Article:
black carib


.so apparently america needs a crash course on caribbean culture…first they slander rihanna and now nicki… for the record this is not appropriation. this is their culture.

.as a little jamaican girl i find this to be beyond annoying. every time there is some foolishness in the mediaalong the lines of: why is nicki minaj appropriating indian culture…….

.first off there is several things wrong with that statement.

-firstly, why are americans still calling native american people indian.?. india is in india. native americans HAVE names for their nations [not tribles, nations]. Navajo, Black Foot, Cherokee to name a few. fix yourselves.

-secondly native american head dresses are way different than carnival head dresses. also the head dresses are reserved for specific people within their nation for specific purposes. they also have a VERY distinct style to them that are different from carnival head dress.

-thirdly how do you NOT know about carnival.?. the caribbean isnt the only place in the world that there is carnival. carnival happens in several different countries. hell, even in new orleans… in america. but you want to play dumb now because its nicki and rihanna.?.  

.we are carrib indian people. caribbean people look like this. caribbean people dress like this. when we have carnival we HAVE carnival. during caribbean carnival everyone is expected to dress the part to participate. people will don themselves in the most elaborate, often handmade costumes. how can you appropriate your own culture people.?. educate yourselves. stop your foolishness.

.but you cannot because you are too busy columbusting cultures and claiming it for yourself, right.?. because you’re edgy, right.?. because marc jacobs created mini buns but not bantu knots. and rows are new, but african hair braiding and cornrows are not.?. and gelled baby hair is new.?. right.?. okay. so we’re ignoring all the white indie coachella attendees, eh.?.

.this is why black people drink tea.

As Alexander sailed north toward spectacular adventures, his father sank ever deeper into incurable poverty. Documents located in St. Vincent reveal that James Hamilton had wandered to the southern end of the Caribbean, almost to the coast of South America. On the tiny, secluded island of Bequia, located just south of St. Vincent, he had entered into a program set up by the British Crown to encourage impoverished settlers. Bequia is the northernmost of the Grenadine Islands, an isolated spot, seven square miles in size, of soft hills, jagged cliffs, and sandy beaches. On March 14, 1774, James Hamilton signed a contract that gave him twenty-five acres of free woodland property along the shore of Southeast Bay. In this lovely but menacing place, a stronghold of indigenous black and yellow Caribs and runaway slaves, James Hamilton chose a spot on public land reserved for a future fortification. Bequia was the sort of distant, godforsaken place that could have attracted only somebody who had exhausted all other options. The deed for James Hamilton’s land purchase tells its own tacit tale of woe; it made clear that his twenty-five acres were “not adapted for sugar plantations” and had been set aside “for the accommodations of poor settlers.” Under the grant, James Hamilton didn’t have to pay a penny for the first four years but had to stay on the island for at least one year. A 1776 survey shows him sharing seventy acres with a man named Simple, and they are the only two people listed on the roster of poor residents. There must have been days when it was hard for James to believe that he was the fourth son of a Scottish laird and had grown up in a fogbound castle. The descent of his life had been as stunning and irrevocable as the rise of his son in America was to seem almost blessedly inevitable.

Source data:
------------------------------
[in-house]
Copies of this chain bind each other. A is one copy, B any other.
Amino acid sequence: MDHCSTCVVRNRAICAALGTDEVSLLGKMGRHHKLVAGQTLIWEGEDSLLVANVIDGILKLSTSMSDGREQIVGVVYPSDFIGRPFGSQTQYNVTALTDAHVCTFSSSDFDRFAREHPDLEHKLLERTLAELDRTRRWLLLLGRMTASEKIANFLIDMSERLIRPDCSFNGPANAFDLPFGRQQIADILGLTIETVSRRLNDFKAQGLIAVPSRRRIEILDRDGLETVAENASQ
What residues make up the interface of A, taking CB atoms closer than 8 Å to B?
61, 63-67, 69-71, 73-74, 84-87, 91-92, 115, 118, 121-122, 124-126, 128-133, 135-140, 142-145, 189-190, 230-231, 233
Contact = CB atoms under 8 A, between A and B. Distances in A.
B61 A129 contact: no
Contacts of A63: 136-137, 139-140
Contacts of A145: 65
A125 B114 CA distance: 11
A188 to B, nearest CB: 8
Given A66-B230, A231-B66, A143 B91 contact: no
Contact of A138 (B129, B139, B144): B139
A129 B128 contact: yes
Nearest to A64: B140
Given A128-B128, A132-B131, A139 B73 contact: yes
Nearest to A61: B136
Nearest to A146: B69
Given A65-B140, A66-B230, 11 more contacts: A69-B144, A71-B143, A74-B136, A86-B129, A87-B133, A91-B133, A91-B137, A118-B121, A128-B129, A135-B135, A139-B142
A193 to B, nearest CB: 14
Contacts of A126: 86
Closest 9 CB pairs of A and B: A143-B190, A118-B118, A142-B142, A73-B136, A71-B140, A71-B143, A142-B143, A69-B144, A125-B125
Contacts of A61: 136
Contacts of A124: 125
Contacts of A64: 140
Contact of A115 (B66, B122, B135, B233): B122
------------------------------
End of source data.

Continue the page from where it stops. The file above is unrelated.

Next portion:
—  Ron Chernow, Alexander Hamilton

The Gulkana Wild and Scenic River is home to a wide variety of Alaskan wildlife and provides a unique viewing experience to all who visit. While floating or recreating on, or around the river, you may see an assortment of grizzly bears, black bears, moose, caribou, beavers, coyotes, otters, bald eagles, owls, and waterfowl. There are more than 33 species of mammals and 59 species of birds known to live in the Gulkana River basin!

The Nelchina caribou herd dominates as the most abundant large mammal in the corridor. However, there is also a high density of grizzly bears in the area due to the equally high availability of spawning salmon. Black bears are less common to see along the river, in part due to the large amount of the more competitive grizzly bears.

The Gulkana is also considered to be one of the most popular sport fishing streams in Alaska. Rainbow trout, arctic grayling, king salmon, red salmon, whitefish, long nose suckers, lamprey and steelhead all can be found in the river and surrounding streams.

This #mypubliclandsroadtrip stop provides stunning views of mountains, rivers and wildlife that’s worth watching!